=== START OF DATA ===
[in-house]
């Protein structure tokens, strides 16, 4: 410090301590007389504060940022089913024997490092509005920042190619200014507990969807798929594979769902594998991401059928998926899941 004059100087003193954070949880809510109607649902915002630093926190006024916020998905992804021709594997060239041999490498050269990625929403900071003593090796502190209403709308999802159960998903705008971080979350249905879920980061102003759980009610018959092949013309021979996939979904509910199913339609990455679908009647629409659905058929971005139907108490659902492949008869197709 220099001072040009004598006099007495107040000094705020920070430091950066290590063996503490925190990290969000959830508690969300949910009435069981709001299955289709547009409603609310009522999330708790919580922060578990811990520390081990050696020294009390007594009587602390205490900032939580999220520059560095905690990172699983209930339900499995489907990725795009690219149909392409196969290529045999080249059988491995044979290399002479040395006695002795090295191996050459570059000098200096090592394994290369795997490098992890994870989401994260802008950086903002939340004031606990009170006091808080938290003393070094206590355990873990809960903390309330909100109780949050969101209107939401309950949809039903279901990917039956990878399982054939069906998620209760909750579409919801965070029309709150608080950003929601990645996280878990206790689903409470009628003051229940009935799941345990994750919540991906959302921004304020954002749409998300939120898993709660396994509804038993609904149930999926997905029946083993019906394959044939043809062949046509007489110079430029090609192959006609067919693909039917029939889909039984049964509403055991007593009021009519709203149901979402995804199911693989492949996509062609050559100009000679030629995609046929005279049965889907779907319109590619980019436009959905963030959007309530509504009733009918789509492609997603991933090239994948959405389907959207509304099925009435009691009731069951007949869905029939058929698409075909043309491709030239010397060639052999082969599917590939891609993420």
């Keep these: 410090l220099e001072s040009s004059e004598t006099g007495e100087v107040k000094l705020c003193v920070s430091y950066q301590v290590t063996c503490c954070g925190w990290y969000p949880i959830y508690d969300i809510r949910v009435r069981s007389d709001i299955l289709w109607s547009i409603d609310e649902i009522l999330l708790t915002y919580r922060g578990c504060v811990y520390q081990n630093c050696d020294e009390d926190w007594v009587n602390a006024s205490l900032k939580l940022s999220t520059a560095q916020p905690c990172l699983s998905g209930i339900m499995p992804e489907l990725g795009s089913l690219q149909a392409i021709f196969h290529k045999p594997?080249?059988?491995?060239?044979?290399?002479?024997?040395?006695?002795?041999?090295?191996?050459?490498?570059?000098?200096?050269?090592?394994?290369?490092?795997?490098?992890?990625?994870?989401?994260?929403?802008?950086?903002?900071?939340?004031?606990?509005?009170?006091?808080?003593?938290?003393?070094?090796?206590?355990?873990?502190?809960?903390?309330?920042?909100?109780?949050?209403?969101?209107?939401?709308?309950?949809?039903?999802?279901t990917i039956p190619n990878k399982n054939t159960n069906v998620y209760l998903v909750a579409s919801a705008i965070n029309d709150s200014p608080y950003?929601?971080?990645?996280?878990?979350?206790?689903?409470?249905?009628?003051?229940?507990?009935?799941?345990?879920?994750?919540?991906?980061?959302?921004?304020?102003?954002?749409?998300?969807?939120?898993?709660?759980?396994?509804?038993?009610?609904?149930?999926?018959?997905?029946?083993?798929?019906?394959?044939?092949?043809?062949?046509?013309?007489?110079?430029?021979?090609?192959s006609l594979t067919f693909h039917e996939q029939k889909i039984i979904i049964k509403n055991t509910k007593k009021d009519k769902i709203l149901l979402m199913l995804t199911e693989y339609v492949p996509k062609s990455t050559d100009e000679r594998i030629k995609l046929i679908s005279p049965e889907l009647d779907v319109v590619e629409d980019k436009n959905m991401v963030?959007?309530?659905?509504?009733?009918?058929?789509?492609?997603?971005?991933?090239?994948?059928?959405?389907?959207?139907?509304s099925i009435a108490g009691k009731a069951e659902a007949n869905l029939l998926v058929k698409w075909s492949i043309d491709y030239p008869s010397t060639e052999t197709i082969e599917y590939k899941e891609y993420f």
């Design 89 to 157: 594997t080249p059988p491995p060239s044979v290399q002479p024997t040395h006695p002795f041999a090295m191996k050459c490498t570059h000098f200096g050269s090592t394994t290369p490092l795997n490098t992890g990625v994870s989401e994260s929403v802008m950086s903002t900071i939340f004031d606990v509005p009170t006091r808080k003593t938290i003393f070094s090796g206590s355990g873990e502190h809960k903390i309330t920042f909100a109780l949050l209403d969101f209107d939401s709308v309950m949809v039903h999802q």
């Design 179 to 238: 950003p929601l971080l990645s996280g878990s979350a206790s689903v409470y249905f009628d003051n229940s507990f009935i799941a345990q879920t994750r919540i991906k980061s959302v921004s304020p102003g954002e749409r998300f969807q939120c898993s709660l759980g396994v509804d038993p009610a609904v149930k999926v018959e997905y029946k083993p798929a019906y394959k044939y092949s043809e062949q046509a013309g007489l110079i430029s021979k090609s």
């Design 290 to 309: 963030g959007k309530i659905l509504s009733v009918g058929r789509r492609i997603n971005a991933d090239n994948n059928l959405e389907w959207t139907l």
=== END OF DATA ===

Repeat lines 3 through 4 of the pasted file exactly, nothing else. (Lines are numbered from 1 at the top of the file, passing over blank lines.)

């Keep these: 410090l220099e001072s040009s004059e004598t006099g007495e100087v107040k000094l705020c003193v920070s430091y950066q301590v290590t063996c503490c954070g925190w990290y969000p949880i959830y508690d969300i809510r949910v009435r069981s007389d709001i299955l289709w109607s547009i409603d609310e649902i009522l999330l708790t915002y919580r922060g578990c504060v811990y520390q081990n630093c050696d020294e009390d926190w007594v009587n602390a006024s205490l900032k939580l940022s999220t520059a560095q916020p905690c990172l699983s998905g209930i339900m499995p992804e489907l990725g795009s089913l690219q149909a392409i021709f196969h290529k045999p594997?080249?059988?491995?060239?044979?290399?002479?024997?040395?006695?002795?041999?090295?191996?050459?490498?570059?000098?200096?050269?090592?394994?290369?490092?795997?490098?992890?990625?994870?989401?994260?929403?802008?950086?903002?900071?939340?004031?606990?509005?009170?006091?808080?003593?938290?003393?070094?090796?206590?355990?873990?502190?809960?903390?309330?920042?909100?109780?949050?209403?969101?209107?939401?709308?309950?949809?039903?999802?279901t990917i039956p190619n990878k399982n054939t159960n069906v998620y209760l998903v909750a579409s919801a705008i965070n029309d709150s200014p608080y950003?929601?971080?990645?996280?878990?979350?206790?689903?409470?249905?009628?003051?229940?507990?009935?799941?345990?879920?994750?919540?991906?980061?959302?921004?304020?102003?954002?749409?998300?969807?939120?898993?709660?759980?396994?509804?038993?009610?609904?149930?999926?018959?997905?029946?083993?798929?019906?394959?044939?092949?043809?062949?046509?013309?007489?110079?430029?021979?090609?192959s006609l594979t067919f693909h039917e996939q029939k889909i039984i979904i049964k509403n055991t509910k007593k009021d009519k769902i709203l149901l979402m199913l995804t199911e693989y339609v492949p996509k062609s990455t050559d100009e000679r594998i030629k995609l046929i679908s005279p049965e889907l009647d779907v319109v590619e629409d980019k436009n959905m991401v963030?959007?309530?659905?509504?009733?009918?058929?789509?492609?997603?971005?991933?090239?994948?059928?959405?389907?959207?139907?509304s099925i009435a108490g009691k009731a069951e659902a007949n869905l029939l998926v058929k698409w075909s492949i043309d491709y030239p008869s010397t060639e052999t197709i082969e599917y590939k899941e891609y993420f």
């Design 89 to 157: 594997t080249p059988p491995p060239s044979v290399q002479p024997t040395h006695p002795f041999a090295m191996k050459c490498t570059h000098f200096g050269s090592t394994t290369p490092l795997n490098t992890g990625v994870s989401e994260s929403v802008m950086s903002t900071i939340f004031d606990v509005p009170t006091r808080k003593t938290i003393f070094s090796g206590s355990g873990e502190h809960k903390i309330t920042f909100a109780l949050l209403d969101f209107d939401s709308v309950m949809v039903h999802q």